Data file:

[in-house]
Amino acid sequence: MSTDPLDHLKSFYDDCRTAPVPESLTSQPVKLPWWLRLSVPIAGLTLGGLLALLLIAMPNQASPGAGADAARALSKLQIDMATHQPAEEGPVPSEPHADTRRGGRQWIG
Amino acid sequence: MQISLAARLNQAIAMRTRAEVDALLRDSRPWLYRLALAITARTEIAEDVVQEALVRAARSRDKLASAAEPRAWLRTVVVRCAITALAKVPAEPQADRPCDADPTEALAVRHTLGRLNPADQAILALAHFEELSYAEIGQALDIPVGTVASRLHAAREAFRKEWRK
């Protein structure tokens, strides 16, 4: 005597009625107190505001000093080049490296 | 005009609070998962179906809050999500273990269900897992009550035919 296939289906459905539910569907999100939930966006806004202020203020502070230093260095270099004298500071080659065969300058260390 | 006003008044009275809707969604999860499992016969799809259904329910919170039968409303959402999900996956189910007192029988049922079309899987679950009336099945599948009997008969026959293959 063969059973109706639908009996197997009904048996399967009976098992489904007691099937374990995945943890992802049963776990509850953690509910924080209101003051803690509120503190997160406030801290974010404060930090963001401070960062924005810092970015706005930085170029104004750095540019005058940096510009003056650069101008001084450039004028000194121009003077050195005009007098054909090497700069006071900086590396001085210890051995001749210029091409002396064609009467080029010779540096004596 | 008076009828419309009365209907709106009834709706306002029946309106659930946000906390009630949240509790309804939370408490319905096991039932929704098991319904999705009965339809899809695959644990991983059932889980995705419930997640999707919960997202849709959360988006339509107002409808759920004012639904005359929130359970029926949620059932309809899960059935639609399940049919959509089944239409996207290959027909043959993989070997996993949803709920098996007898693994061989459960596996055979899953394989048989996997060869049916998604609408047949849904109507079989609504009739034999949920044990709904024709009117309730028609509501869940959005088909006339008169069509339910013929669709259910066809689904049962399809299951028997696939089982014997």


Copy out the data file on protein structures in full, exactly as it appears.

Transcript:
[in-house]
Amino acid sequence: MSTDPLDHLKSFYDDCRTAPVPESLTSQPVKLPWWLRLSVPIAGLTLGGLLALLLIAMPNQASPGAGADAARALSKLQIDMATHQPAEEGPVPSEPHADTRRGGRQWIG
Amino acid sequence: MQISLAARLNQAIAMRTRAEVDALLRDSRPWLYRLALAITARTEIAEDVVQEALVRAARSRDKLASAAEPRAWLRTVVVRCAITALAKVPAEPQADRPCDADPTEALAVRHTLGRLNPADQAILALAHFEELSYAEIGQALDIPVGTVASRLHAAREAFRKEWRK
């Protein structure tokens, strides 16, 4: 005597009625107190505001000093080049490296 | 005009609070998962179906809050999500273990269900897992009550035919 296939289906459905539910569907999100939930966006806004202020203020502070230093260095270099004298500071080659065969300058260390 | 006003008044009275809707969604999860499992016969799809259904329910919170039968409303959402999900996956189910007192029988049922079309899987679950009336099945599948009997008969026959293959 063969059973109706639908009996197997009904048996399967009976098992489904007691099937374990995945943890992802049963776990509850953690509910924080209101003051803690509120503190997160406030801290974010404060930090963001401070960062924005810092970015706005930085170029104004750095540019005058940096510009003056650069101008001084450039004028000194121009003077050195005009007098054909090497700069006071900086590396001085210890051995001749210029091409002396064609009467080029010779540096004596 | 008076009828419309009365209907709106009834709706306002029946309106659930946000906390009630949240509790309804939370408490319905096991039932929704098991319904999705009965339809899809695959644990991983059932889980995705419930997640999707919960997202849709959360988006339509107002409808759920004012639904005359929130359970029926949620059932309809899960059935639609399940049919959509089944239409996207290959027909043959993989070997996993949803709920098996007898693994061989459960596996055979899953394989048989996997060869049916998604609408047949849904109507079989609504009739034999949920044990709904024709009117309730028609509501869940959005088909006339008169069509339910013929669709259910066809689904049962399809299951028997696939089982014997």